by Libbie MILLS, Department for the Study of Religion, University of Toronto
For a paper presented at the 2019 Edinburgh meeting of the American Council for Southern Asian Art (ACSAA), I worked through a range of Sanskrit texts
on jīrṇoddhāra, the removal (uddhāra) [and replacement] of the old (jīrṇa), for temples and icons.
The texts I read each told, on the whole, a similar story, and I was considering how to gather it together for the ACSAA presentation, when I realised that someone else had already done it for me. That someone is Nigamajñānadeva, a 16th C southern Śaiva author of the Jīrṇoddhāradaśaka, “Ten Verses on Jīrṇoddhāra”. The text is accompanied by a Vyākhyāna commentary by the same author, and quotes drawn from a wide range of predominantly Śaiva sources. Having used the structure of the Jīrṇoddhāradaśaka to frame that ACSAA presentation, I went on to study the text more closely, using twelve manuscript copies held at the Institut Français de Pondichéry (IFP)
to make a critical edition and English translation of its telling of the principles of jīrṇoddhāra, along with supporting portions of its Vyākhyāna commentary. In making the edition, I hoped to facilitate access to this text that elegantly assembles a long textual tradition of maintenance theory into a clear framework of ten verse points. The material is both of use in looking back over the tradition and, since it remains in active use, also of relevance to an understanding of contemporary maintenance practice. The verses tell us how temples and idols have been, and continue to be, maintained, and give us the rational for the process.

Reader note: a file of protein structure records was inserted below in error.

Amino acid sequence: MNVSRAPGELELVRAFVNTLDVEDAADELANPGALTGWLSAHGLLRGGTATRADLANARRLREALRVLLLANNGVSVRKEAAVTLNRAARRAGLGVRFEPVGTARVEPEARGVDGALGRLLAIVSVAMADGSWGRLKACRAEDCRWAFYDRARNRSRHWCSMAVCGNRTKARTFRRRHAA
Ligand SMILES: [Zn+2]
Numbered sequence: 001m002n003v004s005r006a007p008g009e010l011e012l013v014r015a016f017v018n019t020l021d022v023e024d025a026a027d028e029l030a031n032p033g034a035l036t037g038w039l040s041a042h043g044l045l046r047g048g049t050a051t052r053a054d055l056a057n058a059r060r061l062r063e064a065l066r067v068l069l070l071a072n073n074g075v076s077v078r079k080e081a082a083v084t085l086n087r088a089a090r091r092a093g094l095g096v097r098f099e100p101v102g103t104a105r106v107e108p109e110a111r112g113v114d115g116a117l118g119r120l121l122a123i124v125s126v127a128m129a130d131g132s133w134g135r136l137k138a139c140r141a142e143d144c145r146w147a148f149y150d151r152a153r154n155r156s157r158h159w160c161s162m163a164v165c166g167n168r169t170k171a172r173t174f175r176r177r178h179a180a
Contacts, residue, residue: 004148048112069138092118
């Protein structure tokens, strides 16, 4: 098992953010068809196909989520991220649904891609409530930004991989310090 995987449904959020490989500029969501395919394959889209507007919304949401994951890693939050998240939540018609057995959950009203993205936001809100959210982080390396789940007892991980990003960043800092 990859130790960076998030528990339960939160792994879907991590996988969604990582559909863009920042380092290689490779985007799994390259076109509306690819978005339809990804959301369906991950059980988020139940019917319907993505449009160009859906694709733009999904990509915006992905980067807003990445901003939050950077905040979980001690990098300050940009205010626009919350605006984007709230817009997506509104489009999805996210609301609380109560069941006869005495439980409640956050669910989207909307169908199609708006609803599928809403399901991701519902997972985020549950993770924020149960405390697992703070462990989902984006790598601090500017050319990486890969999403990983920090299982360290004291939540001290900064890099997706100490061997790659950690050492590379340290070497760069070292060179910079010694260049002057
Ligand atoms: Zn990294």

Text Structure: Verse and Commentary
The structure of the Jīrṇoddhāradaśaka has three levels. In the first level, jīrṇoddhāra is explained in just ten verses. Here you see them as they are given in IFP manuscript RE 04073b:
Below you see the complete manuscript RE 04073. The 10 verses of the Jīrṇoddhāradaśaka are to be found at the very bottom of the stack of bundled folios.
And here are the 10 verses of the Jīrṇoddhāradaśaka as they appear at the beginning of the 1980 edition:
The verses are concise, and packed with references to ideas that need to be unpacked to be understood. Therefore there is a second level, in which each verse receives an explanatory commentary. In a third level, that commentary is backed up and fleshed out with quotes from other authorities. This being a text for devotees of Śiva, the authorities used are largely Śaiva ones.
Once one has read all three levels – the ten verses, the commentary and quotes – the ten verses alone can work as a point-form precis of jīrṇoddhāra practice as taught in the Śaiva tradition.
It is this point-form effect that is the feature of the text that I would like to comment on here.
Commentary as Footnote?
Verse as Title? Highlighter?